# Find the limit using taylor series

• doktorwho
In summary: I know, it's the same as keeping a few terms - but it's a bit shorter.)You misread me. I was referring to the expressions the OP had constructed with a common denominator. Clearly this does lead to the correct limit - as found by the OP.If you want to be sure about it you should not be throwing terms at all but instead insert O(x^3). This will immediately tell you if you missed a term of a relevant order. (I know, it's the same as keeping a few terms - but it's a bit shorter.)I didn't misread you. The OP was asking for help, and I was addressing the question of when one might keep only a few terms. I gave an example
doktorwho

## Homework Statement

Using the taylor series at point ##(x=0)## also known as the meclaurin series find the limit of the expression:
$$L=\lim_{x \rightarrow 0} \frac{1}{x}\left(\frac{1}{x}-\frac{cosx}{sinx}\right)$$

## Homework Equations

3. The Attempt at a Solution [/B]
##L=\lim_{x \rightarrow 0} \frac{1}{x}\left(\frac{sinx-xcosx}{xsinx}\right)##
##L=\lim_{x \rightarrow 0} \frac{1}{x^2}\left(\frac{sinx-xcosx}{sinx}\right)##
I need help to continue. This is the first problem I am doing that asks me to claculate the limit using the taylor series. Am i suppose to write the taylor series for ##sinx,cosx## up to some element and somehow use them?

doktorwho said:
Am i suppose to write the taylor series for ##sinx,cosx## up to some element and somehow use them?

Yes. Keep the leading non-zero term in ##x## in both denominator and numerator. The rest will be irrelevant.

Shorter is directly the series for cotangent.

You may also find the series ##\frac{1}{1-z} = 1+z+z^2+z^3+\cdots## useful.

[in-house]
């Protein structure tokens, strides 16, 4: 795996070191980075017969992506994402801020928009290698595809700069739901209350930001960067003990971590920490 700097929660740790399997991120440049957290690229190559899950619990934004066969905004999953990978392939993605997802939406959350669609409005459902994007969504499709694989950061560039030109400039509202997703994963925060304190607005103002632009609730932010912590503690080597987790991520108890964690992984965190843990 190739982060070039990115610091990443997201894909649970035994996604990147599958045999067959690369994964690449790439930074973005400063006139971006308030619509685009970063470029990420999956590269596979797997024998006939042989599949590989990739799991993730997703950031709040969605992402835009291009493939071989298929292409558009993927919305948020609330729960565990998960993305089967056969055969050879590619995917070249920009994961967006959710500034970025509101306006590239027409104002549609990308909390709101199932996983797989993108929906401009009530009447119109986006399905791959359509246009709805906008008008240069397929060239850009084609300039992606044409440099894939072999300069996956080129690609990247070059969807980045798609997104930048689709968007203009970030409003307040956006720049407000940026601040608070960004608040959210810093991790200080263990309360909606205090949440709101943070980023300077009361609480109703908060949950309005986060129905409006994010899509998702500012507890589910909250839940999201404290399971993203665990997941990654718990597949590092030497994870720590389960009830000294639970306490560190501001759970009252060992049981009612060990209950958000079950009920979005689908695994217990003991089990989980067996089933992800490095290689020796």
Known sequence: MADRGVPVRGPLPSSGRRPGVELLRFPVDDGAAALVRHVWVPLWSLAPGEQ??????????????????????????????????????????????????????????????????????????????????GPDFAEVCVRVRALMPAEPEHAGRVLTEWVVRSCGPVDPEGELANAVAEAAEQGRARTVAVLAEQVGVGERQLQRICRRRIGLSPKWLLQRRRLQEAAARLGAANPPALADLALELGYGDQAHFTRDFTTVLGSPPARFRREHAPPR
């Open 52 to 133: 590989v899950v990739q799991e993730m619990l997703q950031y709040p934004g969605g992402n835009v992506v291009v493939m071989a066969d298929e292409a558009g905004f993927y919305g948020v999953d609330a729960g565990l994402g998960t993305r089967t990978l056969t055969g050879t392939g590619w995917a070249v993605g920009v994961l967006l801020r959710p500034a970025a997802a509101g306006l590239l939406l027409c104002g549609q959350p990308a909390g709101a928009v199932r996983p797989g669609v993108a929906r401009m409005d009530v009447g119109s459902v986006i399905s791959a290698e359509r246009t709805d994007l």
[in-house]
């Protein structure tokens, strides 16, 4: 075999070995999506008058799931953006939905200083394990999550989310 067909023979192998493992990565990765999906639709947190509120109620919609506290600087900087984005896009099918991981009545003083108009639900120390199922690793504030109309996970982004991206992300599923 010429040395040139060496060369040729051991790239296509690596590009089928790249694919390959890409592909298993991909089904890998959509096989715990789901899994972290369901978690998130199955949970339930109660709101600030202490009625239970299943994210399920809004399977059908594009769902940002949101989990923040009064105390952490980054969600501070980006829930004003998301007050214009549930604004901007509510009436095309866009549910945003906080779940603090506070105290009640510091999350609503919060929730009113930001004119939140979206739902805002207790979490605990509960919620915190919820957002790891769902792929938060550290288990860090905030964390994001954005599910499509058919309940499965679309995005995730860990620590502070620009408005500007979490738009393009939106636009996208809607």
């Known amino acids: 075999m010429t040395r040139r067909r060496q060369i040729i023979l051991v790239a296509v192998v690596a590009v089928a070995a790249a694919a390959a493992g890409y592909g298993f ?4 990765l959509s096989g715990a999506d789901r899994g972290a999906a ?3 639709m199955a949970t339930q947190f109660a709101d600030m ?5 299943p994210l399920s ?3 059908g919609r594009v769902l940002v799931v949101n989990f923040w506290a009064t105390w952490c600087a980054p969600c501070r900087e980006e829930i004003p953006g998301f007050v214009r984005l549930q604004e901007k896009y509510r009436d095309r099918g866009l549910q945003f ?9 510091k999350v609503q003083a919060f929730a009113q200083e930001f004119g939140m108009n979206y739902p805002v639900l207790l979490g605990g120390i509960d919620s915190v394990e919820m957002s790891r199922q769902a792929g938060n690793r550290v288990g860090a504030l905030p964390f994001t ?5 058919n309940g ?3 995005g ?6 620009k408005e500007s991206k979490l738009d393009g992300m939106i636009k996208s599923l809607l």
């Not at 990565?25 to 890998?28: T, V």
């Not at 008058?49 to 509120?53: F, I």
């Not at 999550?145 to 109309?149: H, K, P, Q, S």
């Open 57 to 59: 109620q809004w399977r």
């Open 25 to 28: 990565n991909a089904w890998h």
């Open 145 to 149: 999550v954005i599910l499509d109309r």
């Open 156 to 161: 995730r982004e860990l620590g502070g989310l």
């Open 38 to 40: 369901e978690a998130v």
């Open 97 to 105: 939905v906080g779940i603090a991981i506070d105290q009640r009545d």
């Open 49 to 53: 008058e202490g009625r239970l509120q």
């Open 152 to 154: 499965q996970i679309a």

fresh_42 said:
Shorter is directly the series for cotangent.
Yeah, but who remembers that?

vela said:
Yeah, but who remembers that?
Wiki does. The advantage is, you don't even need a pencil.

So taylor for ##\sin(x) = x - \dfrac{x^3}{3!} + \dfrac{x^5}{5!} - \dfrac{x^7}{7!} ...## and for ##\cos x = 1 - \frac{x^2}{2!} + \frac{x^4}{4!}+...##
So:
##L=\lim_{x \rightarrow 0} \frac{1}{x^2}\left(\frac{(x - \dfrac{x^3}{3!} + \dfrac{x^5}{5!} - \dfrac{x^7}{7!} ...)-x(1 - \frac{x^2}{2!} + \frac{x^4}{4!}+...)}{x - \dfrac{x^3}{3!} + \dfrac{x^5}{5!} - \dfrac{x^7}{7!} ...}\right)##
So beside the x getting canceled in the upper part what else can i do?

Logical Dog
doktorwho said:
So taylor for ##\sin(x) = x - \dfrac{x^3}{3!} + \dfrac{x^5}{5!} - \dfrac{x^7}{7!} ...## and for ##\cos x = 1 - \frac{x^2}{2!} + \frac{x^4}{4!}+...##
So:
##L=\lim_{x \rightarrow 0} \frac{1}{x^2}\left(\frac{(x - \dfrac{x^3}{3!} + \dfrac{x^5}{5!} - \dfrac{x^7}{7!} ...)-x(1 - \frac{x^2}{2!} + \frac{x^4}{4!}+...)}{x - \dfrac{x^3}{3!} + \dfrac{x^5}{5!} - \dfrac{x^7}{7!} ...}\right)##
So beside the x getting canceled in the upper part what else can i do?
Do what @Orodruin has said: calculate the difference, multiply with ##\frac{1}{x^2}##, cancel the quotient such that leading term of the denominator equals ##1## and see which terms without an ##x## are left. (I haven't done it this way, though.)

fresh_42 said:
Do what @Orodruin has said: calculate the difference, multiply with ##\frac{1}{x^2}##, cancel the quotient such that leading term of the denominator equals ##1## and see which terms without an ##x## are left. (I haven't done it this way, though.)
Since the terms after ##\frac{x^3}{3!}## are getting smaller and smaller can i ignore them and write just the two leading members of the series?
Like:
##L=\lim_{x \rightarrow 0} \frac{1}{x^2}\left(\frac{(x - \dfrac{x^3}{3!}) -x(1 - \frac{x^2}{2!})}{x - \dfrac{x^3}{3!}}\right)##
##L=\lim_{x \rightarrow 0}\left(\frac{(x - \dfrac{x^3}{3!}) -x(1 - \frac{x^2}{2!})}{x^3}\right)##
##L=\lim_{x \rightarrow 0}\left(\frac{x^3}{3x^3}\right)=\frac{1}{3}##
Would this be correct?

Yes, it is correct. Mathematically one would have notated the missing terms like this: ##\; \sin(x)=x-\frac{x^3}{3!}+O(x^5)## instead of just dropping them, but the result is the same.